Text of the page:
100 Best: Seneca Creek
Location: Eastern West Virginia
Type of stream: Freestone
Angling methods: Fly, Spin, Bait
Species: Brook, Rainbows
Access: Long, but not difficult
Season: Year ‘round
Supporting Services: Seneca Rocks
Short take: Size of brookies is astounding, but head for the upper end
Handicapped Access: None
Closest TU Chapter: Contact West Virginia Council
Have to admit it. I’m a fan of Seneca Creek. When I fish it, I beat it to Seneca Rocks, that Mecca for climbers who insist on testing their handholds on near-vertical beds of light-colored sandstone. From Seneca Rocks, head north on U.S. Route 33 as if you were on your way to Elkins. After a mile or so, begin to watch for White’s Run Road which comes in from the left. Make the turn. No matter how fishy it looks, take heed of the bait cups and drive all the way up to the gate barring entrance to the lower end of Seneca Creek. Much of the waters of the lower end of Seneca Creek flow through sandy and pebbly substrate just beneath the surface. Pools seem scant. Runs are oh so shallow. Forget wetting a line until you reach the falls, about four miles upstream from the trail head. A series of good pools beneath the falls and downstream for about three quarters of a mile offer excellent fishing.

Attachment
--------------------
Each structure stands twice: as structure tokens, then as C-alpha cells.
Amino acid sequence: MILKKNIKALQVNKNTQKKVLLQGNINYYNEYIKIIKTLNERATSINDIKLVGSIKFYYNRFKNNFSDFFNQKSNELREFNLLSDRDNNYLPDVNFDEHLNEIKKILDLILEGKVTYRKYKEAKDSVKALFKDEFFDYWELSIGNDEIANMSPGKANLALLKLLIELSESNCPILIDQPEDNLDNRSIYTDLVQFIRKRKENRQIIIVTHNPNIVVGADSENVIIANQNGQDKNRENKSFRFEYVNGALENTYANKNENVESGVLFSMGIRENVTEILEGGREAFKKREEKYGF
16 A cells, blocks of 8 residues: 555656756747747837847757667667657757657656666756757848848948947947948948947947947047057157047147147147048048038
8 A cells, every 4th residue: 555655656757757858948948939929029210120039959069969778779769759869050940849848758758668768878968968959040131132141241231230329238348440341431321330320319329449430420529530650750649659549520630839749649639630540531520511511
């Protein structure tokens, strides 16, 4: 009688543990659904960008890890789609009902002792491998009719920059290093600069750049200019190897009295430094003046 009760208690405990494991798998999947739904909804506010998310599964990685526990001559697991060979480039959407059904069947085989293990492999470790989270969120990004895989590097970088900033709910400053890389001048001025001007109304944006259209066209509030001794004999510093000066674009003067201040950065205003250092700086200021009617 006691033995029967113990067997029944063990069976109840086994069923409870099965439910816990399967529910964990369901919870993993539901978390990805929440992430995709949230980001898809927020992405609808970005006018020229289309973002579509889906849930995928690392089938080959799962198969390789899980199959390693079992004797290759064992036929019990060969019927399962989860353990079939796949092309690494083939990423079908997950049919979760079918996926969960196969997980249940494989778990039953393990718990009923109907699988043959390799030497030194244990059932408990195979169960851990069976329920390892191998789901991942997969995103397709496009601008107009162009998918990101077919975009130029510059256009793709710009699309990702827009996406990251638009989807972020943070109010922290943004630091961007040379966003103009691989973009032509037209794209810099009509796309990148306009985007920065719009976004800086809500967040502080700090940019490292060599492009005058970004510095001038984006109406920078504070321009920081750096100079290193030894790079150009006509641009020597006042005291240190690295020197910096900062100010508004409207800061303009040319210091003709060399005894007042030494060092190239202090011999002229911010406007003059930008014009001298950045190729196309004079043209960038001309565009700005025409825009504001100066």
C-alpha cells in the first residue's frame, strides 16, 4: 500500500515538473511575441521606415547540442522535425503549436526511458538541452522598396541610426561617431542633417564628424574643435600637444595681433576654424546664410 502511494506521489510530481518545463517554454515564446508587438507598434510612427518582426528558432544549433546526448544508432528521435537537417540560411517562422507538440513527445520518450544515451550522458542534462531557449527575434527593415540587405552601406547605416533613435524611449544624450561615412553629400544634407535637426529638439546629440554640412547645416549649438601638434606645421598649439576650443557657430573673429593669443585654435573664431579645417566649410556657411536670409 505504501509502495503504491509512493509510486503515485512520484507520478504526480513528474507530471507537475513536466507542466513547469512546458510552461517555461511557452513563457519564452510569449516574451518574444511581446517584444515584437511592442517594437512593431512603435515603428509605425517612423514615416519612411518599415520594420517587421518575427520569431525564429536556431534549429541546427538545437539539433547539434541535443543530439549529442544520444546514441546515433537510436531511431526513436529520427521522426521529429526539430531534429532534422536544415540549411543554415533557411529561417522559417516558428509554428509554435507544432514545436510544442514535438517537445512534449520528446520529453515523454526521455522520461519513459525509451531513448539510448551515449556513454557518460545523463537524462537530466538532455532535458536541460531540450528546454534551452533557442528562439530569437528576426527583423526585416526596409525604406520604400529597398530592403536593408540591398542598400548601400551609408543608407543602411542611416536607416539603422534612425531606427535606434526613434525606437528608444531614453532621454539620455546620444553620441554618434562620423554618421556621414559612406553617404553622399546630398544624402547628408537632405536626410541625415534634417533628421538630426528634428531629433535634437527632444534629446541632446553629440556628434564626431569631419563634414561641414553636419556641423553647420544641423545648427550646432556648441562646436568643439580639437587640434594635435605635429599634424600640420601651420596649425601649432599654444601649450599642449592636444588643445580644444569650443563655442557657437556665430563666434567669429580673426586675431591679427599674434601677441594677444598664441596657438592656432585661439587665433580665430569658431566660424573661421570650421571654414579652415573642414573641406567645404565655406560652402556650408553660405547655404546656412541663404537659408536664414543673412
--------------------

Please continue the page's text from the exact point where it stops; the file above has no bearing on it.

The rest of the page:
Most anglers enter Seneca’s downstream end, but that’s not the best route. A better bet is to take the orest service road from U. S. Rt. 33 up toward the picnic area on Spruce Knob. Rather than taking the road to the knob, round it instead, and descend into a high saddle. You’ll see a pull-off on the right with a sign pointing down the Seneca Creek Trail. An abandoned railroad grade, the trail is easy walking. After three miles or so, you’ll reach the Judy Springs camp site. This is a great place to pitch your tent.
Below the camp site, begins Seneca Creek’s gorge with its gorgeous plunge pools. There's six miles of it to fish. A mile or so below the camp, Seneca drops over a 14 foot fall and enters the gorge. Here you stand a reasonably good chance of catching a respectable rainbow in the 15-inch class. Makes the walk worth taking, no? As far as fly patterns are concerned, no signature hatch defines Seneca Creek. Fish a parachute Adams and take pot luck. You won’t be disappointed.